While living in Vietnam in 2004, Lê read a newspaper article about two men—Le Van Danh, a farmer, and Tran Quoc Hai, a self-taught mechanic—who had built a helicopter from scrap metal parts in a remote Vietnamese village. The artist was so intrigued by the story that he tracked down Hai and Danh, prompting an encounter that led to an ongoing collaboration as well as the current installation on view today. In Hai and Danh’s hands, the helicopter transformed from an object of war, still carrying strong political and emotional resonance from the Vietnam War, to an object representing individual determination and community-building.





3 channels video 15:00 min.

This 3-channel video installation produced in collaboration with Dinh Q. Le explores the relationship of Vietnamese farmers and their memories of helicopters during the U.S. – Viet Nam conflict. This video work weaves documentary footage of Mr. Tran Quoc Hai, a farmer who built a working helicopter out of farming equipment, footage from Hollywood films about the Vietnam War and news footage shot during the war.


Projects 93, 2010



Standing in the Museum’s galleries, this lone handcrafted helicopter comes to the U.S. from Vietnam—thirty-five years after 12,000 U.S. helicopters were sent to Vietnam during the war—offering an opportunity for contemplation of the significance and symbolism of a charged object.

VIDEO - Behind the Scenes: Projects 93: Dinh Q. Lê


www.moma.org - A Different Kind of Helicopter: Projects 93: Dinh Q. Lê
en.wikipedia.org - Dinh Q. Lê
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purgatorio

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Helicopter
« Reply #22 on: August 26, 2012, 05:09:49 PM »

Arthur Young (American, 1905–1995)
Bell-47D1 Helicopter, 1945


Aluminum, steel, and acrylic plastic,9' 2 3/4" x 7' 11" x 42' 8 3/4" (281.3 x 302 x 1271.9 cm).
Manufactured by Bell Helicopter Inc., Buffalo, NY
http://www.moma.org/collection/browse_results.php?object_id=2234


More than three thousand Bell-47D1 helicopters were made in the United States and sold in forty countries between 1946 and 1973, when production ceased. While the Bell-47D1 is a straightforward utilitarian craft, its designer, Young, who was also a poet and a painter, consciously juxtaposed its transparent plastic bubble with the open structure of its tail boom to create an object whose delicate beauty is in-separable from its efficiency. That the plastic bubble is made in one piece rather than in sections joined by metal seams sets the Bell-47D1 apart from other helicopters. The result is a cleaner, more unified appearance.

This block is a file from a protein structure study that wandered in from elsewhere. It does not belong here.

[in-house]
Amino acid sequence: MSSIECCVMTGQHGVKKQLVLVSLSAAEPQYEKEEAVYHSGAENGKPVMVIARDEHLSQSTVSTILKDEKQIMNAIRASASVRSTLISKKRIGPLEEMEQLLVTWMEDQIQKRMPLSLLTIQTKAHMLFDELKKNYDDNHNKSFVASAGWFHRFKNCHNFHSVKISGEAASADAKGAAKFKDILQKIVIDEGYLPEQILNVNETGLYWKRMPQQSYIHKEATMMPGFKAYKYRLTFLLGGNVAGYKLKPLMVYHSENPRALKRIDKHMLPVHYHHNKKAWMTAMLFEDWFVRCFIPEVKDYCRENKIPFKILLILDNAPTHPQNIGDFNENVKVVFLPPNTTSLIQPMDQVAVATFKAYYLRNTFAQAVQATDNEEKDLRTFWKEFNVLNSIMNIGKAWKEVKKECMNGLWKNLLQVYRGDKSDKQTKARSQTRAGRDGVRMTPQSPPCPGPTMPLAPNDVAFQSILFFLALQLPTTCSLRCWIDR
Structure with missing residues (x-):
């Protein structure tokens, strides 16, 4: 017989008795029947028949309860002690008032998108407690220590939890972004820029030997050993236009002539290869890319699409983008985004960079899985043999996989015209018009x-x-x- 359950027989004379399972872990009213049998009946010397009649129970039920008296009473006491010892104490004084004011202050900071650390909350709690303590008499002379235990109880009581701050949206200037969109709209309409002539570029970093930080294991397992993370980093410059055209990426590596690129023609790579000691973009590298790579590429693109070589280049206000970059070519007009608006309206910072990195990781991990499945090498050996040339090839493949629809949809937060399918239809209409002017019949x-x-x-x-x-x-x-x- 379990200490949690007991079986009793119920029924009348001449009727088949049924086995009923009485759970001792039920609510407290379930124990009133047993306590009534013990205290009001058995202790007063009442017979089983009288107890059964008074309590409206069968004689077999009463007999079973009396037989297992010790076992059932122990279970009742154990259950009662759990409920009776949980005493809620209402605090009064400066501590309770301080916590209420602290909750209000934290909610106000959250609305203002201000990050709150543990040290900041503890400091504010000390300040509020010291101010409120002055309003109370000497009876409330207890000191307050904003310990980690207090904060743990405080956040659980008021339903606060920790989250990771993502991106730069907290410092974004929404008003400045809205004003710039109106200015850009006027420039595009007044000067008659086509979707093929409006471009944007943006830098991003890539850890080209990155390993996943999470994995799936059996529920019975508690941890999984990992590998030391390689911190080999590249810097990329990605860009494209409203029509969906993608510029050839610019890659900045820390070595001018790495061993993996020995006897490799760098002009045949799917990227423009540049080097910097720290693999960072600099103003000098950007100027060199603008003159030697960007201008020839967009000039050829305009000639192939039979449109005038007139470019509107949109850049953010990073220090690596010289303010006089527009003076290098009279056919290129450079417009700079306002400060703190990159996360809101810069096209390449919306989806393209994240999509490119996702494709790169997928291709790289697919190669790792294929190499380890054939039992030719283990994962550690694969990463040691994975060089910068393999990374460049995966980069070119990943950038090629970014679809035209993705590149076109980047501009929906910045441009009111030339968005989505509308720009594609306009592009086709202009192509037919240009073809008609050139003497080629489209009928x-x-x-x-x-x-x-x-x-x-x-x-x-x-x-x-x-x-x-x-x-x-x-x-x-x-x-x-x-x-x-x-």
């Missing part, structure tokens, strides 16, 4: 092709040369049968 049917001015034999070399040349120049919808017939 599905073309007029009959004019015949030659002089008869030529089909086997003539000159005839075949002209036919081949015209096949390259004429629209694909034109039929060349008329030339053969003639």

The bubble also lends an insectlike appearance to the hovering craft, which generated its nickname, the "bug-eyed helicopter." It seems fitting, then, that one of the principal uses of the Bell-47D1 has been for pest control in crop dusting and spraying. It has also been used for traffic surveillance and for the delivery of mail and cargo to remote areas. During the Korean War, it served as an aerial ambulance.

Awarded the world's first commercial helicopter license by the Civil Aeronautics Administration (now the FAA), the Bell-47D1 weighs 1,380 pounds. Its maximum speed is 92 miles per hour and its maximum range 194 miles. It can hover like a dragonfly at altitudes up to 10,000 feet.


Not only in the The MoMA, NY: Special Aircraft Service > Topic: [Beta] Bell47 ;)
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purgatorio

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Helicopter
« Reply #23 on: August 26, 2012, 05:45:18 PM »

Ulrich Genth, Heike Mutter
Die solide Wirklichkeit des Bedingten (The Solid Reality of the Conditional), 2005


Installation view Berkelinsel, Vredel, Sculpture Biennial Münsterland 2005





Ash wood, oak wood, steel, lacquer, wood sealer, 3,2m x 10,5m x 1,8m (10,38ft x 34ft x 5,84ft), diameter of the rotor = 11m (35,67ft)

The sculpture is completely out of massive ash wood. With the means of traditional, local timber frame construction and wood bending engineering, we realised a detailed reproduction of a helicopter, a Bell Ranger 407, and integrated it in the existing structure of the municipal park in Vredel. The municipal park is designed in the style of an English landscape garden and incorporates an ensemble of buildings like some farmhouses and a mill. Together they form the perfect historical backdrop. At a closer look, the visitor realises that none of the houses is originally built in this location, but the single buildings were translocated. This means that they were carefully disassembled in the surrounding area to then be set up in the municipal park close-by the city.

The rotor of the chopper is rotating slowly as if the machine just landed or is just about to take off. If one follows the reason for the motion, one discovers an archaic drive system that consists of a cog/brake wheel in combination with waves and leads to the nearby mill. Through the water wheel of the mill the mechanism starts to move. The rhythmic sound of the water wheel associates with the image of the sculpture and merges into an impression with stage-like character.

The installation is taken care of and treasured by the “Möllenkring” Vreden. This local club, called “Heimatverein” (a club that preserves German tradition by keeping alive the customs, costumes and heritage), is also looking after the Hunningsche Mühle.

This project was realised for the Sculpture-Biennial Münsterland between November 2004 and July 2005.


http://www.phaenomedia.org/Helikopter-e.htm